Oct. 9th Elections: Haiti's Political Future in the Balance
On January 12, 2015 -- the five-year anniversary of Haiti's devastating earthquake -- the Haitian government entered a new phase of a political crisis that remains unresolved. On that day, the terms of ten senators expired, leaving too few senators in parliament to maintain a quorum. For the prior four years of then-president Michel Martelly's time in office, his administration had failed to hold parliamentary or mayoral elections, which allowed elected officials' terms across the country to expire one by one with no democratically elected successors.
Last year, President Martelly finally scheduled three election dates due to pressure by national and international parties -- the United States chief among them. In August and October 2015, the first two rounds of legislative and the first round of mayoral and presidential elections took place. MCC participated with the National Network for the Defense of Human Rights (RNDDH) in the elections monitoring process. Scores of local organizations that observed the elections reported systematic fraud and violence.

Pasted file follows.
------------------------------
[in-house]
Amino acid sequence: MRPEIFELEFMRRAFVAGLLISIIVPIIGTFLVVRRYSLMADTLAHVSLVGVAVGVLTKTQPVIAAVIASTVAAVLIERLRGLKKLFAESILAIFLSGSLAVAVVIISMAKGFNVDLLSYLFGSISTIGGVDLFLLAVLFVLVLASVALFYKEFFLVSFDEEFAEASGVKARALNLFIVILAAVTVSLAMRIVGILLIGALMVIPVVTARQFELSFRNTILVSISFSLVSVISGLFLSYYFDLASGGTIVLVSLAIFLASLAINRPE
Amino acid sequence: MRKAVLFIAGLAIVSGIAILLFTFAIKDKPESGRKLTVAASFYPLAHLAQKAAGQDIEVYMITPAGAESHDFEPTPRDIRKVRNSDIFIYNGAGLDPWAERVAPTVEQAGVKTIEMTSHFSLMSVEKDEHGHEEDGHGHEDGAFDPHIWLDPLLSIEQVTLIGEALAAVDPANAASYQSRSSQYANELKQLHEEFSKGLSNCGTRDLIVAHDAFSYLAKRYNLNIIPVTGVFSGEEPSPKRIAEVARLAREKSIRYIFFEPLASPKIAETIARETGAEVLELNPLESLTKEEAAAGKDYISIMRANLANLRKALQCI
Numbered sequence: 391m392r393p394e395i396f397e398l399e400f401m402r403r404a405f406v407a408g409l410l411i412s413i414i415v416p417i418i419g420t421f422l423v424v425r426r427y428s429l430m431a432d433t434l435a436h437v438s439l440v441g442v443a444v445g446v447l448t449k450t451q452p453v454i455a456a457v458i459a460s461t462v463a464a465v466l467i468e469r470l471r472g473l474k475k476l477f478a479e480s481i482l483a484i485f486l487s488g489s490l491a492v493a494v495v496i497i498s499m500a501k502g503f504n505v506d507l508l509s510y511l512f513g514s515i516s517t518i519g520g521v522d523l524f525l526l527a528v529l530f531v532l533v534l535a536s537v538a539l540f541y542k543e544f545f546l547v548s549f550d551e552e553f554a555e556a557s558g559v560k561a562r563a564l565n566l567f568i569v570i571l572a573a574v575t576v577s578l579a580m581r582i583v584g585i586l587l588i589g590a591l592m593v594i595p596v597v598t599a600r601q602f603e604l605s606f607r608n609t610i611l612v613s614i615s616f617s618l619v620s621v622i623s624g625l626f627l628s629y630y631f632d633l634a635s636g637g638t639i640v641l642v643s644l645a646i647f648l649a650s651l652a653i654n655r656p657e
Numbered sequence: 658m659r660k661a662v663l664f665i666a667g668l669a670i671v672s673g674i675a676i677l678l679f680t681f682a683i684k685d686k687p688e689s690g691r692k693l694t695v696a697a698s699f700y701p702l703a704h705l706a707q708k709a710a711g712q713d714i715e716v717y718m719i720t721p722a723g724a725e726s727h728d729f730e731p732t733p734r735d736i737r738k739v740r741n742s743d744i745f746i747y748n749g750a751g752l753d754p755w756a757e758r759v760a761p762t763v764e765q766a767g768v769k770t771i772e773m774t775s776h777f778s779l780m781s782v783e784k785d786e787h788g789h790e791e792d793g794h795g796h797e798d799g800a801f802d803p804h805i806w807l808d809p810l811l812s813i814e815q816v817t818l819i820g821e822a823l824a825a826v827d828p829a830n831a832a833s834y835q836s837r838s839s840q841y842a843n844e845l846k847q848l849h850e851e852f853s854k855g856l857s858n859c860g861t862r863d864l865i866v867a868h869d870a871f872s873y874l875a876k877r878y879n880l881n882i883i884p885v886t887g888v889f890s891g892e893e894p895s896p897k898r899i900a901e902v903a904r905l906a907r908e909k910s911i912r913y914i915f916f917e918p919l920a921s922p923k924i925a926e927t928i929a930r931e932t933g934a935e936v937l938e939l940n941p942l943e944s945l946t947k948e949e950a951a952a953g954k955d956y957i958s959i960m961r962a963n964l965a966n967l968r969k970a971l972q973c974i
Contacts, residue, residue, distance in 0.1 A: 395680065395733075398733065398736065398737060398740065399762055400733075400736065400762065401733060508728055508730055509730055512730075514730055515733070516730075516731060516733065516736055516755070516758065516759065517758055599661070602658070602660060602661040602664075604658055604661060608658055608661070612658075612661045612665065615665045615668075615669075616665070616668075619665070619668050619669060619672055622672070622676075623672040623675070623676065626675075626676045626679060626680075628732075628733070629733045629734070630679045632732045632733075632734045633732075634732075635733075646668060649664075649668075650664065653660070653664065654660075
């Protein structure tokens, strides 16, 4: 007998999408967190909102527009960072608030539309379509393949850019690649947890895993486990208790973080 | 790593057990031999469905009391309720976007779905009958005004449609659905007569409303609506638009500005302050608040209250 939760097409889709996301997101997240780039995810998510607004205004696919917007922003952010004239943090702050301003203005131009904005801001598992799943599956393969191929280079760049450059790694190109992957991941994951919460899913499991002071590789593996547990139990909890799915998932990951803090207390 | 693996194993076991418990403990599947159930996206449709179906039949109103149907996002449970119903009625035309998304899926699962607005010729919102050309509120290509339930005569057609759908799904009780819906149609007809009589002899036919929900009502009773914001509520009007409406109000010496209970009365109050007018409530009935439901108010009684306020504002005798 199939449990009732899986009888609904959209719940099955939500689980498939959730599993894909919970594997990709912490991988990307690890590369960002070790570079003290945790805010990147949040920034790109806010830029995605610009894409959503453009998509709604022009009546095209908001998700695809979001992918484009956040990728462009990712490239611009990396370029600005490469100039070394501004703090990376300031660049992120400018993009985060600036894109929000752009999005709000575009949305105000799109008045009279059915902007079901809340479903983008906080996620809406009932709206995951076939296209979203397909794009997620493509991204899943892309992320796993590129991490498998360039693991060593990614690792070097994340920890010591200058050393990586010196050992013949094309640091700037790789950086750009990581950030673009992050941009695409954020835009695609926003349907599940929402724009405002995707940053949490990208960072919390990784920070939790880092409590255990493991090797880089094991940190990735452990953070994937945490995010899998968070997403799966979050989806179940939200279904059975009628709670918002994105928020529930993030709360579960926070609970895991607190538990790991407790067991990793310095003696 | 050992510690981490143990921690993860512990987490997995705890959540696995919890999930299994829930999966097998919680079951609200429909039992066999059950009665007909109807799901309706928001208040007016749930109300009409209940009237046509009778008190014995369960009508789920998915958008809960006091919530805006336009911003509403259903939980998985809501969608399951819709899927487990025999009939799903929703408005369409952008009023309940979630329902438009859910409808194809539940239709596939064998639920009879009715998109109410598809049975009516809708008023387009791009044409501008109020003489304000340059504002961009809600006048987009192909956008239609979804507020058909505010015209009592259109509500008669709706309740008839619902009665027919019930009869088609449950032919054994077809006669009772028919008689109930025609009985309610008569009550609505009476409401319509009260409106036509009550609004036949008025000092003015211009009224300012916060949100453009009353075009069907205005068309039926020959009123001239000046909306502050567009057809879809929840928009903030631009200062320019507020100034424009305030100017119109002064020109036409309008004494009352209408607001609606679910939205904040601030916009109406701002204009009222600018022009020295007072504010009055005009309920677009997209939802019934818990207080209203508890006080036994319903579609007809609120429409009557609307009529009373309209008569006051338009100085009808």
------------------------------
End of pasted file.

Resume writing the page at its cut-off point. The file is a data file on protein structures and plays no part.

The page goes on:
In January 2016, the final round of elections was called off just two days prior to its scheduled date after mounting protests called for an independent verification commission to investigate claims of fraud in the previous vote.
Former President Martelly stepped down from office when his term expired in February 2016 with no successor elected. Provisional President Jocelerme Privert was then appointed to organize elections over a three-month term. He launched a verification commission that confirmed massive irregularities in the 2015 elections, including what they called 628,000 untraceable votes.
As a result of these findings, Haiti's electoral council decided to partially cancel the results of the October 2015 elections and re-run them on October 9, 2016.
The international community persistently opposed the claims of massive fraud in the 2015 elections and voiced its disapproval of the government's decision to re-hold elections. The U.S. government, the primary financial backer of last year's elections, decided to withhold financial support for this year's vote but is one of seven countries funding an OAS mission to observe the elections. The EU has also withdrawn its elections observation mission from Haiti in protest.
Though critics say it will be near impossible for Haiti to fund its own elections, which are budgeted at $55 million, Privert has insisted there is enough in Haiti's public treasury. With just three weeks remaining before election day, all actors are moving into position and prepping for what Haitians hope will be a smoother, sounder election than was transpired in 2015.